If you take good care of them, hearing aids can keep working for years. But they quit being helpful if they no longer treat your degree of hearing loss. Similar to prescription glasses, your hearing aids are programmed to your specific hearing loss, which should be examined regularly. Here’s how long you can expect your hearing aids to last assuming they are programed and fitted correctly.
Do Hearing Aids Expire?
There’s a shelf life for pretty any product. With the milk in your refrigerator, that shelf life may be several weeks. Several months to several years is the shelf life of canned goods. Within the next few years or so, even your new high-def TV will need to be swapped out. It’s probably not surprising, then, that your hearing aids also have a shelf life.
2 to 5 years is normally the shelf life for a set of hearing aids, though you may want to upgrade sooner with the new technology coming out. There are a number of possible factors that will impact the shelf life of your hearing aids:
- Care: It shouldn’t surprise you to know that if you take good care of your hearing aids, they will last longer. This means making sure your hearing aids are cleaned on a regular basis and undergo any necessary regular maintenance. Time put into proper care will translate almost directly into increased functional time.
- Type: There are a couple of primary types of hearing aids: inside-the-ear and behind-the-ear. Five years or so will be the estimated shelf life of inside-the-ear model hearing aids as a result of exposure to dirt, sweat, and debris of the ear canal. Because they are able to stay cleaner and dryer, behind the ear models commonly last 6-7 years.
- Construction: Nowadays, hearing aids are constructed from many kinds of materials, from silicon to metal to nano-coated plastics, and so on. Some wear-and-tear can be expected despite the fact that hearing aids are manufactured to be ergonomic and durable. If you’re prone to dropping your hearing aids, their longevity will be affected despite quality construction.
- Batteries: Rechargeable, internal batteries are standard with the majority of hearing aids in current use. The shelf life of your hearing aid is dramatically influenced by the kind of batteries they use.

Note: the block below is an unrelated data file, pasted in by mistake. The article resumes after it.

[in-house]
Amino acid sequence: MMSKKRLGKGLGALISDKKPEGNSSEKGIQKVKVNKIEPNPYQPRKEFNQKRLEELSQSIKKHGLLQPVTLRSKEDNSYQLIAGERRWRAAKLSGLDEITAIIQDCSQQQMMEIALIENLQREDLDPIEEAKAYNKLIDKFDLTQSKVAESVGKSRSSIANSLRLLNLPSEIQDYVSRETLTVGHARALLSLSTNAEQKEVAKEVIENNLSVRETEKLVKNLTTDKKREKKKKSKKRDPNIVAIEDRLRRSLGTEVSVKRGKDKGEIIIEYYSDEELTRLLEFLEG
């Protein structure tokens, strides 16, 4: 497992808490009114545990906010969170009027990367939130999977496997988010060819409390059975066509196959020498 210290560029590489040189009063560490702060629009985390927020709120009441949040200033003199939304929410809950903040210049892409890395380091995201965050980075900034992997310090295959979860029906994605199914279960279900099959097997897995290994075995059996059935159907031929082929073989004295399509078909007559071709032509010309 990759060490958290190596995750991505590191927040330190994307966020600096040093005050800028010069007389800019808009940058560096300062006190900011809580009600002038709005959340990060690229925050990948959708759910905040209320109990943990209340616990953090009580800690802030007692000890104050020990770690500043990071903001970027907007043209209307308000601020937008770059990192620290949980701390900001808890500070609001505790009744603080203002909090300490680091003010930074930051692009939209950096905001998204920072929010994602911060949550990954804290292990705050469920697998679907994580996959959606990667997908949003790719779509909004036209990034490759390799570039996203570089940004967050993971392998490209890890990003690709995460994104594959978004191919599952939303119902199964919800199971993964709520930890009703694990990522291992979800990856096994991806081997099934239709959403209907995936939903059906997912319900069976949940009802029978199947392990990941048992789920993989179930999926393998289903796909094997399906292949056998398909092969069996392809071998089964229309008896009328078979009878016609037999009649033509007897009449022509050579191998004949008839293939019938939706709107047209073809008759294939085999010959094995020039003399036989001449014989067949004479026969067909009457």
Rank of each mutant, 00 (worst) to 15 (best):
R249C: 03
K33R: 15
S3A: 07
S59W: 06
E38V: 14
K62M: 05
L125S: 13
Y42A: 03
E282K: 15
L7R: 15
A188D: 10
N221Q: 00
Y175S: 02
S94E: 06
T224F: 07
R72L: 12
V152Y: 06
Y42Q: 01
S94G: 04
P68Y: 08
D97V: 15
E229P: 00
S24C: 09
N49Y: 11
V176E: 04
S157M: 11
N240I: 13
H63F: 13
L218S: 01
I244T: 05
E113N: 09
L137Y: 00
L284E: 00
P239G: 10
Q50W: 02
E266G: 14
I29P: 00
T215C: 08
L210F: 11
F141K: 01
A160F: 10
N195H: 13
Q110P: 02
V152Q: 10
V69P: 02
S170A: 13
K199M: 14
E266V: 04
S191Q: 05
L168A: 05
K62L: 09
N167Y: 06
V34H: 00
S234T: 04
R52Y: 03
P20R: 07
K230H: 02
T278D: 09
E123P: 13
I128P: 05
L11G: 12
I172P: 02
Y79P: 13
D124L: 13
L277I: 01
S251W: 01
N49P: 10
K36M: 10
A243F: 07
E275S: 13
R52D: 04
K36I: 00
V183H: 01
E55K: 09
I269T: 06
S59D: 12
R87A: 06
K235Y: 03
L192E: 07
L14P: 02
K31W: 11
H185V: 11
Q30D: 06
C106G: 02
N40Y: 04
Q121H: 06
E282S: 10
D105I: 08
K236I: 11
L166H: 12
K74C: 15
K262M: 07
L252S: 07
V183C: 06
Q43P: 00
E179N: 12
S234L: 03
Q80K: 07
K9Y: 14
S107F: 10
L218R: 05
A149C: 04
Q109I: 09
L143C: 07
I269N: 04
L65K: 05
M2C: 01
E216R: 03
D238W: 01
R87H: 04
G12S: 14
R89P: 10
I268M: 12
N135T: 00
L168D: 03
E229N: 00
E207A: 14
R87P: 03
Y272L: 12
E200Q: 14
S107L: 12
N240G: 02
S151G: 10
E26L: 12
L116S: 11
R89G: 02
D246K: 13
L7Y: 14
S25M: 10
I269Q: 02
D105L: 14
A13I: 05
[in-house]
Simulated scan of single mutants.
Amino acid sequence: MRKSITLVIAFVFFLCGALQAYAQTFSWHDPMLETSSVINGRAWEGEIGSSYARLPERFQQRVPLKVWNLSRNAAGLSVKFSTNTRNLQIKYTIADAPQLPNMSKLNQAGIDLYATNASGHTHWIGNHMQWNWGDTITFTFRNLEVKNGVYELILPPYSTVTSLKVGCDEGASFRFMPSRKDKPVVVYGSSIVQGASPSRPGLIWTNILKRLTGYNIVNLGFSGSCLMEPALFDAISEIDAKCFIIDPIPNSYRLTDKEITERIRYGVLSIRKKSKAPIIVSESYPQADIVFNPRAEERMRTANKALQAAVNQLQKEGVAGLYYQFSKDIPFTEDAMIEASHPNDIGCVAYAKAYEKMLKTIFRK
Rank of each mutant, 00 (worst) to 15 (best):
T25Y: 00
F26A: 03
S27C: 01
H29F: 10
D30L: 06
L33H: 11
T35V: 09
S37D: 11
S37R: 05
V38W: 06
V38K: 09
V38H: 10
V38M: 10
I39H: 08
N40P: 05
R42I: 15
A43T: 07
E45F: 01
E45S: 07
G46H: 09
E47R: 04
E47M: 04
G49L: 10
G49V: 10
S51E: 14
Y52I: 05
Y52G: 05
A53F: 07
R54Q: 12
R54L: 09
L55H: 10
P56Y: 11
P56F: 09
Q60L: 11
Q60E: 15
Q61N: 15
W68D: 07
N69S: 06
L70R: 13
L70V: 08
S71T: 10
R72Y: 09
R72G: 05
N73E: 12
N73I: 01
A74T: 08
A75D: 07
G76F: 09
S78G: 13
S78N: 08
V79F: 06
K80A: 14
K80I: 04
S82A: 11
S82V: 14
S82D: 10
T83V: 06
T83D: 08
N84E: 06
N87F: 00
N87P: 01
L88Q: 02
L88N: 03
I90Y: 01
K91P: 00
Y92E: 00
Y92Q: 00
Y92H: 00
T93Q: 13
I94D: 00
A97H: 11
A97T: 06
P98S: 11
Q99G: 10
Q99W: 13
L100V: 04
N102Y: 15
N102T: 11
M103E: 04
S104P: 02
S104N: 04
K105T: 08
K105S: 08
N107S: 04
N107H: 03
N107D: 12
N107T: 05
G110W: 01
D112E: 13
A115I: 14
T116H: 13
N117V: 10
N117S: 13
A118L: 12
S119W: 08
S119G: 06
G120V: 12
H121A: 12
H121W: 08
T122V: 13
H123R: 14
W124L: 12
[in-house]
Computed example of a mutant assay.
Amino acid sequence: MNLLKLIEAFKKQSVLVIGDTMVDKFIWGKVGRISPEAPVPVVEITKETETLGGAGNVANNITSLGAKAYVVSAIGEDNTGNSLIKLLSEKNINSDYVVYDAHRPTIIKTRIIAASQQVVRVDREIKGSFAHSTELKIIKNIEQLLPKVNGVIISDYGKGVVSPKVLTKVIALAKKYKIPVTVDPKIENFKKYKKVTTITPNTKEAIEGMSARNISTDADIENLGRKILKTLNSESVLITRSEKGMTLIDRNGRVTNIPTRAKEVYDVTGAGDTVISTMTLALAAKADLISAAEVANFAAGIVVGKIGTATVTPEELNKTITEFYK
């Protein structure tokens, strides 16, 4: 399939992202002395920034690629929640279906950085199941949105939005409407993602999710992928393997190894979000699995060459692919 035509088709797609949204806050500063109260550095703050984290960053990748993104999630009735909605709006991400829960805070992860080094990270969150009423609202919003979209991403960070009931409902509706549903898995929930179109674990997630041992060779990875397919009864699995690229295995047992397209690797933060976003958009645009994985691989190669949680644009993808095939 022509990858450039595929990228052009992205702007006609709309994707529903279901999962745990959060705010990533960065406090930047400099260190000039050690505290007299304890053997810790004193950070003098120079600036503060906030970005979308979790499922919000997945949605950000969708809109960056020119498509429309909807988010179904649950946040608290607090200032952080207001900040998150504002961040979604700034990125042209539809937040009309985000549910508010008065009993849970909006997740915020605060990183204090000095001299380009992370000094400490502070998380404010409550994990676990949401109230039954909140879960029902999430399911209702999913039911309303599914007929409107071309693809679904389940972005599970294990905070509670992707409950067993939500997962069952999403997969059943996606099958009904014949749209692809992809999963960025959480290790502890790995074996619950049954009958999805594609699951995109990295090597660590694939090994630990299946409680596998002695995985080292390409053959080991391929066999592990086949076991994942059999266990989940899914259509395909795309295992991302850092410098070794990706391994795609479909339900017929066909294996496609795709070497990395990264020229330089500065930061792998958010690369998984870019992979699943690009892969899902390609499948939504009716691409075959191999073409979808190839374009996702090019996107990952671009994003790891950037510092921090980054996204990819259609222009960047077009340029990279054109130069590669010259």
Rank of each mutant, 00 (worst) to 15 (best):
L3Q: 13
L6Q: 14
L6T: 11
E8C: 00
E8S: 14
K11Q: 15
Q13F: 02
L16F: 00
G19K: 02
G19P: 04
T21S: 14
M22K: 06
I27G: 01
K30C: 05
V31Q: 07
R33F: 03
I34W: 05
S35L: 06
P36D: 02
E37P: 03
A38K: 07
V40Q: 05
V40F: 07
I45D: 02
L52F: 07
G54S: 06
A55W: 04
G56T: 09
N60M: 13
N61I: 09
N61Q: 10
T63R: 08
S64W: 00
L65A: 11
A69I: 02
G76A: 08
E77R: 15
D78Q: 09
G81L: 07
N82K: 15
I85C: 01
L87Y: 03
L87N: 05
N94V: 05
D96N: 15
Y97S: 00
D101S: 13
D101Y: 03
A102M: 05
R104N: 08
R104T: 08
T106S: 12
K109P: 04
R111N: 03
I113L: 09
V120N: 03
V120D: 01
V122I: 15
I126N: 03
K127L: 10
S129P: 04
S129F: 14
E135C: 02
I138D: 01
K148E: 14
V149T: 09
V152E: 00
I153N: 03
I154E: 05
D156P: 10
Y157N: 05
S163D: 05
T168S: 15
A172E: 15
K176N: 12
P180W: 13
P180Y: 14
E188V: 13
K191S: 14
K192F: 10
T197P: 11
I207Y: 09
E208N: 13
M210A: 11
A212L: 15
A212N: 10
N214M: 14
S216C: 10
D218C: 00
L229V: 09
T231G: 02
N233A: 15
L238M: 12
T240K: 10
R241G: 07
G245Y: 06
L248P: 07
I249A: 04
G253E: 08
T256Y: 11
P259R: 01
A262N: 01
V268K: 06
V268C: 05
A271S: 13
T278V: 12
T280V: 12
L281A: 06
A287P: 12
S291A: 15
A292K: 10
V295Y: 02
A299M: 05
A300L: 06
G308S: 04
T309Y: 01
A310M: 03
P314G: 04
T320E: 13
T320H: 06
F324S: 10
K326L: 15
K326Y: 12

Normally, the typical usage of your hearing aid defines the exact shelf life. But the potential life expectancy of your hearing aids is reduced if they’re not used regularly (leaving your hearing aids neglected on a shelf and unmaintained can also diminish the lifespan of your hearing aids).
And every now and then, hearing aids should be examined and cleaned professionally. This helps make certain that there is no wax buildup and that they still fit properly.
It’s a Good Idea to Switch Out Your Hearing Aids Before They Wear Down
There might come a time when, years from now, your hearing aid effectiveness begins to wane. And it will be time, therefore, to begin searching for a new pair. But in some cases, you may find that a new pair will be practical well before your hearing aids begin to show their age. Some of those situations might include:
- Your hearing fluctuates: You should change your hearing aid circumstance if the state of your hearing changes. In other words, your hearing aids will no longer be adjusted to yield the best possible results. If you want an optimal level of hearing, new hearing aids might be required.
- Changes in technology: Hearing aids are becoming more useful in novel ways every year. If one of these cutting edge technologies looks like it’s going to help you significantly, it could be worth investing in a new pair of devices sooner rather than later.
- Your lifestyle changes: In some circumstances, your first pair of hearing aids might be obtained with a particular lifestyle in mind. But maybe your conditions change, maybe you’ve become more physically active and you need a pair that are waterproof, more durable, or rechargeable.
You can see why it’s difficult to predict a timetable for updating your hearing aids. Normally, that 2-5 year range is fairly accurate depending on these few variables.